Micro-Accelerometers Monitor Equipment Health

MEMS-based accelerometers used on the International Space Station to control the microgravity environment are also used to monitor industrial machinery. Objects that orbit the Earth, such as the International Space Station (ISS), provide a unique environment called zero-g, or more correctly, microgravity. All objects in orbit are pulled by Earth’s gravity, but they achieve the lack of gravity when they move at just the right speed (in the case of the ISS, around 17,500 miles per hour) so that the curve of their fall matches the curve of the Earth. The result is a perpetual freefall, creating weightlessness.

Posted in: Articles, Spinoff


Product of the Month: October 2014

National Instruments, Austin, TX, has introduced the NI VirtualBench that combines five instruments in one device: a mixed-signal oscilloscope, a digital multimeter, a function generator, a programmable DC power supply, and digital I/O. The software-based device integrates with PCs and iPads, and offers WiFi and USB connectivity. It measures 10 × 7.5 × 2.9" and is portable with an optional carrying case. User interfaces for each instrument are consolidated into one for viewing and interacting with all instruments at once. A mouse and scroll wheel can be used on a PC, or pinch and zoom on an iPad with finger touch. Users can instantly document results by clicking or tapping a button to save screenshots and data to an iPad or PC. When plugged into a USB port, VirtualBench software automatically loads on PCs with Windows AutoPlay. The device integrates with NI LabVIEW software for building custom applications to programmatically control VirtualBench.

Posted in: Electronics & Computers, Products


NASA’s Space Station Fix-It for Satellites

NASA’s fix-it investigation on the International Space Station (ISS), the Robotic Refueling Mission (RRM), has moved one step closer to its 2.0 update with the delivery of new RRM hardware. The RRM module, affixed to an exterior ISS platform since 2011, now awaits the robotic transfer of two new task boards and a borescope inspection tool that will equip RRM for a new round of satellite-servicing demonstrations.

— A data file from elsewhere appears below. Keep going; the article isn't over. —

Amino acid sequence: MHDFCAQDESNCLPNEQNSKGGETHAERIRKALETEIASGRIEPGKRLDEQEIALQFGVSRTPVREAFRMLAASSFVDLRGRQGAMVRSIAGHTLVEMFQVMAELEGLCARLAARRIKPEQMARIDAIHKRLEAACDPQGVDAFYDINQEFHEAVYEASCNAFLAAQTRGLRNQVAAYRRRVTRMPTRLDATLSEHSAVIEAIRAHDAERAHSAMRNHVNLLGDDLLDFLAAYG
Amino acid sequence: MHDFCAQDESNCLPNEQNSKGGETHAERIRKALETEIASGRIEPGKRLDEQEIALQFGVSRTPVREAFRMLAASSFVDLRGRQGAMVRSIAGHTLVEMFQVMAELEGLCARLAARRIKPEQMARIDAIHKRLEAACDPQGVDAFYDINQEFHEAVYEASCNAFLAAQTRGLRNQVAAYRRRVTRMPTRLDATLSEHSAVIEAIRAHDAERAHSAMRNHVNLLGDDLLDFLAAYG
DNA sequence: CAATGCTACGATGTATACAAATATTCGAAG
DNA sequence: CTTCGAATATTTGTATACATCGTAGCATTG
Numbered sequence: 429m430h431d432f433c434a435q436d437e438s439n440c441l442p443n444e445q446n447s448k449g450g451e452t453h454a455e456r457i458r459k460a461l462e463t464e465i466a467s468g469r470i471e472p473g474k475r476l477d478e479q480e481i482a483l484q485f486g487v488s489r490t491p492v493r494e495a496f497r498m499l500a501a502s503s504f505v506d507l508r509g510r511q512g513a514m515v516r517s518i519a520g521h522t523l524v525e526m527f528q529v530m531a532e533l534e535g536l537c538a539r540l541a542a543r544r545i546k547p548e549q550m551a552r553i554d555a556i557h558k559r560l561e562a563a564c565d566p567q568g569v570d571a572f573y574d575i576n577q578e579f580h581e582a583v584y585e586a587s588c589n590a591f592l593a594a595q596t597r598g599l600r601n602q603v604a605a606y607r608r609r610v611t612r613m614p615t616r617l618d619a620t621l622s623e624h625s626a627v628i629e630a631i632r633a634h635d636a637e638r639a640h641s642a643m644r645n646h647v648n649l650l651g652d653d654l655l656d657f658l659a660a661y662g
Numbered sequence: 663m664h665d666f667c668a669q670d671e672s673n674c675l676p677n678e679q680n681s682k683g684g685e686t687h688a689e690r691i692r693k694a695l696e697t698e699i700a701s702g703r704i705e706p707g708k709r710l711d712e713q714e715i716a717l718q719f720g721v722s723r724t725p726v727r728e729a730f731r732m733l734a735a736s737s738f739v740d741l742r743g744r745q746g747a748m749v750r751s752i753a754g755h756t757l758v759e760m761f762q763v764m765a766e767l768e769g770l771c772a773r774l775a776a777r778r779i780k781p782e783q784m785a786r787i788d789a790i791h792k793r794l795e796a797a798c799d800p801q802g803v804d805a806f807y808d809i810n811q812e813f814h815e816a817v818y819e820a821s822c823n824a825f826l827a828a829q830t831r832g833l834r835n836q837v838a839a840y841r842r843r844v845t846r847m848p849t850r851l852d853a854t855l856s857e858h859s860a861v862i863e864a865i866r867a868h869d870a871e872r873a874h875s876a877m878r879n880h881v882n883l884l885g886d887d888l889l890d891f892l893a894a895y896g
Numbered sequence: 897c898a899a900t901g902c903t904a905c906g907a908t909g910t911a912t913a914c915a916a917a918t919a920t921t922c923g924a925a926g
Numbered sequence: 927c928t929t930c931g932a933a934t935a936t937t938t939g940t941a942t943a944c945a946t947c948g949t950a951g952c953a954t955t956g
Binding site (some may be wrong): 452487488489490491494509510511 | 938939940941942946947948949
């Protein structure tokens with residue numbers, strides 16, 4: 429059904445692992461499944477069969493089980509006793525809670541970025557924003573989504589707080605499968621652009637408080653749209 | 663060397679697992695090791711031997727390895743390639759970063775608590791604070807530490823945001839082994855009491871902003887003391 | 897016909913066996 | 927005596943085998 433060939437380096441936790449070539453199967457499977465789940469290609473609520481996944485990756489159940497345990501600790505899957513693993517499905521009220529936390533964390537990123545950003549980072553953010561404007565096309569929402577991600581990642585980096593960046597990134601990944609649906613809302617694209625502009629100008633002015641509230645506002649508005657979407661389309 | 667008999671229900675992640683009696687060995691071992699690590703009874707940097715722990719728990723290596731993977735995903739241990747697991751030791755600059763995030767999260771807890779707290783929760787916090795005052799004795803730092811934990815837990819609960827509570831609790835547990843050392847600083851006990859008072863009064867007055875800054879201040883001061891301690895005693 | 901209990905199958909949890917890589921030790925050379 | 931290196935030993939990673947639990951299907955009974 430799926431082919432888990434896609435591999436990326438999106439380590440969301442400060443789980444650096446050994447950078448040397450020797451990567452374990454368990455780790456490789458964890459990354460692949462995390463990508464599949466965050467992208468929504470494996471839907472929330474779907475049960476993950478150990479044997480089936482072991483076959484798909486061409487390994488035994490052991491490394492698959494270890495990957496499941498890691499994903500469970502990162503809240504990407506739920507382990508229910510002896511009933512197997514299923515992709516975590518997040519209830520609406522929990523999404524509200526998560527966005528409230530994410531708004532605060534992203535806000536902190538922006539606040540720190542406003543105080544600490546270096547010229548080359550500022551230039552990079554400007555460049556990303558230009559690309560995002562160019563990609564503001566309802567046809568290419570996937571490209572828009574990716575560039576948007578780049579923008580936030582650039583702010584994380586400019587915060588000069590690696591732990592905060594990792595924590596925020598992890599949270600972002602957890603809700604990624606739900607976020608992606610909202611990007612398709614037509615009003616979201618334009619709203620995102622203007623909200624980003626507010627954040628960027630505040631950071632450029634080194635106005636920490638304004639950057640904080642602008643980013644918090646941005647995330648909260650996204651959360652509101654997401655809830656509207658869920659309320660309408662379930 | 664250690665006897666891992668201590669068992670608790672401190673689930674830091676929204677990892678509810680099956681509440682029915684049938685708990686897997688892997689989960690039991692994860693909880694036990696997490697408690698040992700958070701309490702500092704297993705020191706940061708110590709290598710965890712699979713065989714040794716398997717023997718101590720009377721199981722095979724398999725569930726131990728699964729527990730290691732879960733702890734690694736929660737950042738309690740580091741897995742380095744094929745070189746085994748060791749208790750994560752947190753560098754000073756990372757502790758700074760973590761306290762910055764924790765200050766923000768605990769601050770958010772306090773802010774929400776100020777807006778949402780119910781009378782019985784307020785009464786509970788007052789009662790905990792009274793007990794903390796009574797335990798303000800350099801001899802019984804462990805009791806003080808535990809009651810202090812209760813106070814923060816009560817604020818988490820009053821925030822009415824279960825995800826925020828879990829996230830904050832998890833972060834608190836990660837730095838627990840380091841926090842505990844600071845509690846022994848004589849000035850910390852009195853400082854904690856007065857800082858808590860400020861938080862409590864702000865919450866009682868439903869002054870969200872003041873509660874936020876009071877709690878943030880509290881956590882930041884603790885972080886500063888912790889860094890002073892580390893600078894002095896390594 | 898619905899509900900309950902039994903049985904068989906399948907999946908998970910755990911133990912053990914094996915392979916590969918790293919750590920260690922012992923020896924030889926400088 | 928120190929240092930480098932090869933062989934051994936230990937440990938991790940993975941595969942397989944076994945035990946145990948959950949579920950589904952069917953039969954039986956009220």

Posted in: UpFront


The Power of Salt

Where the river meets the sea, there is the potential to harness a significant amount of renewable energy, according to mechanical engineers at MIT. They evaluated an emerging method of power generation called pressure retarded osmosis (PRO) in which two streams of different salinity are mixed to produce energy. In principle, a PRO system would take in river water and seawater on either side of a semi-permeable membrane. Through osmosis, water from the less-salty stream would cross the membrane to a pre-pressurized saltier side, creating a flow that can be sent through a turbine to recover power.

Posted in: UpFront


Dr. Ajay Koshti, Lead Nondestructive Evaluation Engineer, Johnson Space Center, Houston, TX

Dr. Ajay Koshti, Lead Nondestructive Evaluation Engineer, invented NASA Flash Infrared Thermography Software. Koshti also worked as a Non-Destructive Evaluation (NDE) Engineer on NASA Space Shuttle Orbiter for 23 years.

Posted in: Who's Who


Prepping Advanced Driver Assistance for Mainstream Vehicles

Forward-facing cameras, integrated with vehicle controls, are being used to recognize pedestrians, signs, and other cars and motorcycles. Automatic brake mechanisms — often connected to a combination of radar, camera, and sensors — can halt a vehicle as it approaches an object ahead. New mounted cameras have the ability to register road markings and keep drivers within their own lanes.

Posted in: Imaging, Articles


Microscope Camera

The Imaging Source (Charlotte, NC) 13-megapixel microscope camera is equipped with a distortion-free 5.3-mm (35-mm equivalent) auto-focus lens, allowing capture through the ocular, not just a region of interest. The camera can take the place of the ocular or can be screwed into the Cmount. Other features include: Sony Exmor CMOS, 1/2.5” sensor; full image circle capture; full HD at up to 30 FPS; focal length of 5.3 mm; and USB 3.0 interface.

Posted in: Imaging, Products


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